In 2018, astronomers operating an antenna called EDGES in the Australian outback reported that radio waves of a particular frequency were significantly dimmer than other waves coming from the night sky. The finding, published in Nature, was heralded as a groundbreaking signal from the birth of the first stars after the Big Bang—an event dubbed “cosmic dawn,” which should have stamped such a signature in the light.
What’s more, the dip in the radio spectrum observed by EDGES looked strikingly different than cosmologists had predicted. The data suggested that the early universe was surprisingly cold, triggering much theoretical activity and attempts to confirm the signal by other astronomers around the world.
Recently, one such team, at the Raman Research Institute in Bangalore, India, published the result of its search for the EDGES dip using a radio antenna called SARAS. The astronomers set the antenna afloat on a pair of remote lakes in India in early 2020, cutting their data collection short and returning to Bangalore hours before the first citywide COVID lockdown began. After spending the pandemic analyzing their data, the SARAS team now reports in Nature Astronomy that they found no trace of the dip observed by EDGES.
“It should have been reproduced in their data if it were really on the sky,” said Aaron Parsons, a radio astronomer at the University of California, Berkeley, who wasn’t involved in either experiment. “I don’t see a lot of wiggle room there.”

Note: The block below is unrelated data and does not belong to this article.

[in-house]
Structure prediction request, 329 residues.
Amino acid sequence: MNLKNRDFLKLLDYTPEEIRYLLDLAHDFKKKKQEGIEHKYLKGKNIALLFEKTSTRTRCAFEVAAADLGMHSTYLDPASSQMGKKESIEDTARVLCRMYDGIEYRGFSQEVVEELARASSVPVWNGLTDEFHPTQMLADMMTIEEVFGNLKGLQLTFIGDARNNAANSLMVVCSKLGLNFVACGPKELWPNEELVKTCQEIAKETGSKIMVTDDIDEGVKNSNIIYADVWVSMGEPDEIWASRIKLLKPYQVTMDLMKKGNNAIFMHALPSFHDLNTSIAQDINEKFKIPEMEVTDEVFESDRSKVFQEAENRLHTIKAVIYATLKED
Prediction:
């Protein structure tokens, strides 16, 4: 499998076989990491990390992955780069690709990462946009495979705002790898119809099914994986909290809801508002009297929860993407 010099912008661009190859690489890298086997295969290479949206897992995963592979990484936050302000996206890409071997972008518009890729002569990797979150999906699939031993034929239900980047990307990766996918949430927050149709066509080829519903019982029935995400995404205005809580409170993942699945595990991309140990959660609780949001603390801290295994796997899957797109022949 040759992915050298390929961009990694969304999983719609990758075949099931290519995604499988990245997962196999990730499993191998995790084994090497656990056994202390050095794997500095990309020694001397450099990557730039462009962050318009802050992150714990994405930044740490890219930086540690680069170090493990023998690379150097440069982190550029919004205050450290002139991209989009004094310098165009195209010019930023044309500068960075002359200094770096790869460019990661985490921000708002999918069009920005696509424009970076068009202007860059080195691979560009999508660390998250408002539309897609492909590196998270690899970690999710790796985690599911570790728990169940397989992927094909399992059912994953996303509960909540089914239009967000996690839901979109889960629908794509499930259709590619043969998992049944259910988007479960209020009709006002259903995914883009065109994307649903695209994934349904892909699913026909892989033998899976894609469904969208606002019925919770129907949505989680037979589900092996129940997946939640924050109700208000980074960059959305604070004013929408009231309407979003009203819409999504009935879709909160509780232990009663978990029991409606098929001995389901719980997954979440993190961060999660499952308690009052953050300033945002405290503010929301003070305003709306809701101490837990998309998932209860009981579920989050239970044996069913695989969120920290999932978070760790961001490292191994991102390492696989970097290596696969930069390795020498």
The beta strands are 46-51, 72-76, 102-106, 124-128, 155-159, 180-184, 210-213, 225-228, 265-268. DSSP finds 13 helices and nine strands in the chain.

Judd Bowman, a leader of the EDGES experiment based at Arizona State University, says further work is needed to settle the issue. “We’re excited to see the results from their early observations,” he wrote in an email, adding that “given the difficulty in making these types of observations, there is a substantial process ahead to assess and integrate this new work into the ongoing investigation.”
Hydrogen atoms naturally absorb and emit radio waves with a wavelength of 21 centimeters; it’s these waves that EDGES and SARAS aimed to detect. During their journey to Earth, the waves become stretched by the expansion of the universe. Waves from more distant clouds of hydrogen expand for a longer time and reach Earth with longer wavelengths than waves emitted more recently by closer clouds. The stretching of the light gives astronomers a time-stamped record of events in cosmic history.
Astronomers have used 21-centimeter emission to study nearby galaxies for more than half a century. But more recently, with experiments like EDGES and SARAS, they’ve started measuring longer wavelengths, which are more obscured by terrestrial and galactic radio interference, in search of emissions from hydrogen clouds deeper in the past.
When hydrogen atoms first formed, they absorbed and then emitted ambient 21-centimeter radiation at equal rates, which made the clouds of hydrogen that filled the primordial universe effectively invisible.
Then came cosmic dawn. Ultraviolet radiation from the first stars excited atomic transitions that enabled hydrogen atoms to absorb more 21-centimeter waves than they emitted. Viewed from Earth, this excess absorption would appear as a drop in brightness at a specific radio wavelength marking the moment the stars turned on.
In time, the first stars collapsed into black holes. The hot gas swirling around these black holes generated X-rays that heated hydrogen clouds throughout the universe, increasing the rate of 21-centimeter emissions. We would observe this as an uptick in brightness at a slightly shorter radio wavelength than that of the older light. The net result would be a dip in brightness over a narrow radio wavelength range, like the one detected by EDGES.